Rec Services hands out pedometers to encourage fitness

Brock University Recreation Services gave out free pedometers last week for “Walktober”, in order to raise awareness for an active lifestyle.

Students, staff and faculty members were encouraged to pick up one of the pedometers from the Walker Complex Welcome Desk and then tweet their total steps each day to @BrockRecService with the hashtag #Walktober. It was an awareness event to get people to see how many steps they take in a day and to make them aware how active they are.

“It’s a small, quick promotion to get people active,” said Eric Walter, Fitness Manager of Recreation Services. “It’s an inexpensive activity to engage people.”

“I think pedometers are cool to begin with,” said Scott Robertson, an MA student in Applied Health Sciences, who participated in Walktober. On October 30, he was already at 7,000.

Around 400 pedometers went out and from the people who tweeted their step count, prizes were given to two randomly selected winners. The small devices even had a personalized ‘Brock Badgers’ label.
Pedometers are, in fact, more interesting than they sound. Modern pedometers are generally partly electronic with a small metal pendulum attached to an electronic wiring circuit. In order to calculate a person’s step, the pedometer actually measures the swing of a person’s body as they move one leg forward. As a step is taken, the pendulum swings back and forth with the momentum of the step. With each swing, the pendulum closes the circuit to enable a flow of energy, which then registers as one step on the electronic dial of the pedometer.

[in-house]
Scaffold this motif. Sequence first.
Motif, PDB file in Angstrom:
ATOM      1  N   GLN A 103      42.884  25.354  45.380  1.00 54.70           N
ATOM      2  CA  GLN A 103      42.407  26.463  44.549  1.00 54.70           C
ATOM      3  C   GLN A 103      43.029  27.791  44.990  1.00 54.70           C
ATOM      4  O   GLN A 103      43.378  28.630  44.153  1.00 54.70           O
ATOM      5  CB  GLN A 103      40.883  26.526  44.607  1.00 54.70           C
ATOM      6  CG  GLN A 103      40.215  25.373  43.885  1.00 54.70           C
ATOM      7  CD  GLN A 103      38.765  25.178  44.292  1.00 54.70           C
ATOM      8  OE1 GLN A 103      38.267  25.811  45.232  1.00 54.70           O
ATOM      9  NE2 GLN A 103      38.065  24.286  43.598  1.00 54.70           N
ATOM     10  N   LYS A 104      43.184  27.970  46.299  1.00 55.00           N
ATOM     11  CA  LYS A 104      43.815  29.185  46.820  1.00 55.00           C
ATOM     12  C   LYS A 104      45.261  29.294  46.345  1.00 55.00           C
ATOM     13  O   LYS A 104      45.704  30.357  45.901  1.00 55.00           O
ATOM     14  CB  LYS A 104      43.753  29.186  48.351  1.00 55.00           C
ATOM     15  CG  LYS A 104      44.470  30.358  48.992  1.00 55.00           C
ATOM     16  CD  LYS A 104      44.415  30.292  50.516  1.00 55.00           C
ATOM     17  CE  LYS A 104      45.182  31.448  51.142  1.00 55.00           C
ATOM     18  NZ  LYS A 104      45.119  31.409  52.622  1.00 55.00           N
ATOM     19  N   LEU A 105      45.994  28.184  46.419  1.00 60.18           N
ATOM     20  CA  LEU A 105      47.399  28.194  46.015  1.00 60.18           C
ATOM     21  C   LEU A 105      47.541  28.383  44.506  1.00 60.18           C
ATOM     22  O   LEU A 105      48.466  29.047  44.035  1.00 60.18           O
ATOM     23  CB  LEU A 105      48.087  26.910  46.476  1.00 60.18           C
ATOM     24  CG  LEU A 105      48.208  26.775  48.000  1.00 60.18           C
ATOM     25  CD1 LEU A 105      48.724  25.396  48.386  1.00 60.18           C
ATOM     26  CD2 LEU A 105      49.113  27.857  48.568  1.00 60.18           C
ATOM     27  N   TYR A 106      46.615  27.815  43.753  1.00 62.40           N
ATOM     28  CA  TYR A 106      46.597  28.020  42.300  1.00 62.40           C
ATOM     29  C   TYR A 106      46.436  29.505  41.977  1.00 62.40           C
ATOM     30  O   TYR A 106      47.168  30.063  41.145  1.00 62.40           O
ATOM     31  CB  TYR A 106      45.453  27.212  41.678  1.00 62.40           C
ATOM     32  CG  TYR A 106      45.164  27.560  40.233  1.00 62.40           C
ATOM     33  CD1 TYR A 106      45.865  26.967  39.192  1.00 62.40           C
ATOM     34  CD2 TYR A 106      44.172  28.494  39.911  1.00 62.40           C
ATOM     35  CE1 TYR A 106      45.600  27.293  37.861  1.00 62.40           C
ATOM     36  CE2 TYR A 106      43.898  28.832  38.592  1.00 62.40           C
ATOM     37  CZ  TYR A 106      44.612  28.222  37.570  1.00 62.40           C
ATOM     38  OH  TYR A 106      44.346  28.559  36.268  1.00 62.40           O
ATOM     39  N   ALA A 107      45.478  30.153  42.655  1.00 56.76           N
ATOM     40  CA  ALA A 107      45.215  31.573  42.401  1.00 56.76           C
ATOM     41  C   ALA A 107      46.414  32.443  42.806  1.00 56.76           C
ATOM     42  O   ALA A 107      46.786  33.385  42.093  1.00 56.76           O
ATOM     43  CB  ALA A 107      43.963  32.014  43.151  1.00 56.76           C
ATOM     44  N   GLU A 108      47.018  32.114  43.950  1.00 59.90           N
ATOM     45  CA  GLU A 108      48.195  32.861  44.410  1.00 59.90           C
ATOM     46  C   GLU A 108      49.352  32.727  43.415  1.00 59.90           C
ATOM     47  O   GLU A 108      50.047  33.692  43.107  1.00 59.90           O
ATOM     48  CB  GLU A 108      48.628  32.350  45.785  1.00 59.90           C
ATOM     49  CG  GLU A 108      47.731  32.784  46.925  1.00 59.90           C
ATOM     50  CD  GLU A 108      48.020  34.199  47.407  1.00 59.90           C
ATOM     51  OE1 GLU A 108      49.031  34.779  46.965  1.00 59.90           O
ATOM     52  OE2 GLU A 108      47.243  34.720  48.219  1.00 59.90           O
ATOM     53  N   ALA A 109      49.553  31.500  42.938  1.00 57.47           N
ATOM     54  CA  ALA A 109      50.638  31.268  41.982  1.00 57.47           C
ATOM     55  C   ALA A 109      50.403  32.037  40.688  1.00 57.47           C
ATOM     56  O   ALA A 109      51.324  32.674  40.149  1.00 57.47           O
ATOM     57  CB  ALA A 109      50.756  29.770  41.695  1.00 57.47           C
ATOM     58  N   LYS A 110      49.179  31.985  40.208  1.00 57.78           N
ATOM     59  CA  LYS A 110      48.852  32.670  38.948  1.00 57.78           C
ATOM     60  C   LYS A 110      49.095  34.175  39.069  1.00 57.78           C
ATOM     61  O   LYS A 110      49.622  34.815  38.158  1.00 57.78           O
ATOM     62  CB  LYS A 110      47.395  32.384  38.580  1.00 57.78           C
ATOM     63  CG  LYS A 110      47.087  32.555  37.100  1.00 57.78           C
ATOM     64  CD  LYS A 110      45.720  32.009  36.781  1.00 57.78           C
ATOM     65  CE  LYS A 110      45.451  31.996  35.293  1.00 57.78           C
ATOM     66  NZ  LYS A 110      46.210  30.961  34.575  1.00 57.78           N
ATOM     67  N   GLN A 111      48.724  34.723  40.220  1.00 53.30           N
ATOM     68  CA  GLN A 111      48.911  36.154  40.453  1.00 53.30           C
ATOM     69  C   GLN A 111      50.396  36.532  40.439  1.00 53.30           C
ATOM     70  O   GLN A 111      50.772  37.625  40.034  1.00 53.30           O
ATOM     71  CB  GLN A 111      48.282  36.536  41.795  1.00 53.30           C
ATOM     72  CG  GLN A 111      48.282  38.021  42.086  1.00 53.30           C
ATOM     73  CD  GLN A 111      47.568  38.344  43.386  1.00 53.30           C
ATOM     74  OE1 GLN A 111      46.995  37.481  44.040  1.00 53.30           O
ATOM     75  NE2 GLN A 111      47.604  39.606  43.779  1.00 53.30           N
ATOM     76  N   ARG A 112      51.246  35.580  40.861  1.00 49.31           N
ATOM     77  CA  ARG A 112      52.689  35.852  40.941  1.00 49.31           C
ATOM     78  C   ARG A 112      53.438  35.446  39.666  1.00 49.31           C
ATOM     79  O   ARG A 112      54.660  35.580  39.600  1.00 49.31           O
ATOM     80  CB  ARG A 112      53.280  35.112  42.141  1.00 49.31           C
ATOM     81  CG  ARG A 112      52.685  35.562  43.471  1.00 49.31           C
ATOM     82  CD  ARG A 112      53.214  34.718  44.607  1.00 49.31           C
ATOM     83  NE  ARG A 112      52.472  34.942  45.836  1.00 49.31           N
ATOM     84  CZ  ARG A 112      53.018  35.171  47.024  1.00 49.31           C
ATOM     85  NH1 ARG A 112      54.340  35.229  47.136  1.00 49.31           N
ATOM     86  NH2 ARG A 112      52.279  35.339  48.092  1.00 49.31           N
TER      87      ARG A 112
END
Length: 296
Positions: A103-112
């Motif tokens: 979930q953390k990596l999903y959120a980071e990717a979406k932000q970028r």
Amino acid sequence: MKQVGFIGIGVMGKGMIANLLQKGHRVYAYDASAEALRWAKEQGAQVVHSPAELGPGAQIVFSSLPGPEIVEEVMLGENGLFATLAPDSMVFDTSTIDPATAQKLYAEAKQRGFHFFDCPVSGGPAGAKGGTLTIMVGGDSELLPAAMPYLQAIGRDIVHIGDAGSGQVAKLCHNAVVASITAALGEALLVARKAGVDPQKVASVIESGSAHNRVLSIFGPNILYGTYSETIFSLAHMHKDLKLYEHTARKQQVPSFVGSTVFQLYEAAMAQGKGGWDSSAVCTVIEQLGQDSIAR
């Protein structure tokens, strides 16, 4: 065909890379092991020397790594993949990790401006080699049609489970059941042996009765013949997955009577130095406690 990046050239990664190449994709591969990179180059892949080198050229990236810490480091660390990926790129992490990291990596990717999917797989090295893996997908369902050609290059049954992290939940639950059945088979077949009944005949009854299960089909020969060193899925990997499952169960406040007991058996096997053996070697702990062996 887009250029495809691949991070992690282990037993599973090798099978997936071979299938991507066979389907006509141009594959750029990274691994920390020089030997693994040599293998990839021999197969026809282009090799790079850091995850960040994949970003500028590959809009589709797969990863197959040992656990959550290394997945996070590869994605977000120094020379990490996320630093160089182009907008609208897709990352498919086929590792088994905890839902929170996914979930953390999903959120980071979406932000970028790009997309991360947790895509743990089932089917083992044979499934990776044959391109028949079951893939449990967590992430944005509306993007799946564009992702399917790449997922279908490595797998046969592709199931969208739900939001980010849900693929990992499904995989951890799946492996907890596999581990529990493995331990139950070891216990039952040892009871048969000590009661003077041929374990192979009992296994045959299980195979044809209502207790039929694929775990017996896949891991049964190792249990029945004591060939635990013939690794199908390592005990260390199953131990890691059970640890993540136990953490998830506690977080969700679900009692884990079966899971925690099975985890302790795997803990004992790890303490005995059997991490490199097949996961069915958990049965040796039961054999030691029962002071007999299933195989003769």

Walktober is an iniative held all across the world to encourage people to get more active with something as simple as walking. At Brock, it ran two years ago but not last year due to understaffing issues. This year, Recreational Services decided to hold it for only one week instead of the whole month since Reading Week tends to interrupt participation.

For Walter, the key to a healthy lifestyle is to just start with something and then go from there.
“Anything is better than nothing,” said Walter. “I’m in here [the Zone] everyday and I see the fitness centre itself, but exercise and a healthy lifestyle don’t have to take place only in there. And if you do use these facilities, [a healthy lifestyle] needs to go beyond just these doors.”

Recreational Services is also involved with BUSU’s Wellness Week and occasionally offers free fitness classes to continue raising awareness and encourage people to get active. Next semester, they will be running a big initiative for their fitness programs. Students and staff are encouraged to join one or more of the variety of fitness and exercise classes offered and a big prize draw will be held for those who reach a certain minimum attendance.

Melanie Pfaeffli
Internal News Editor

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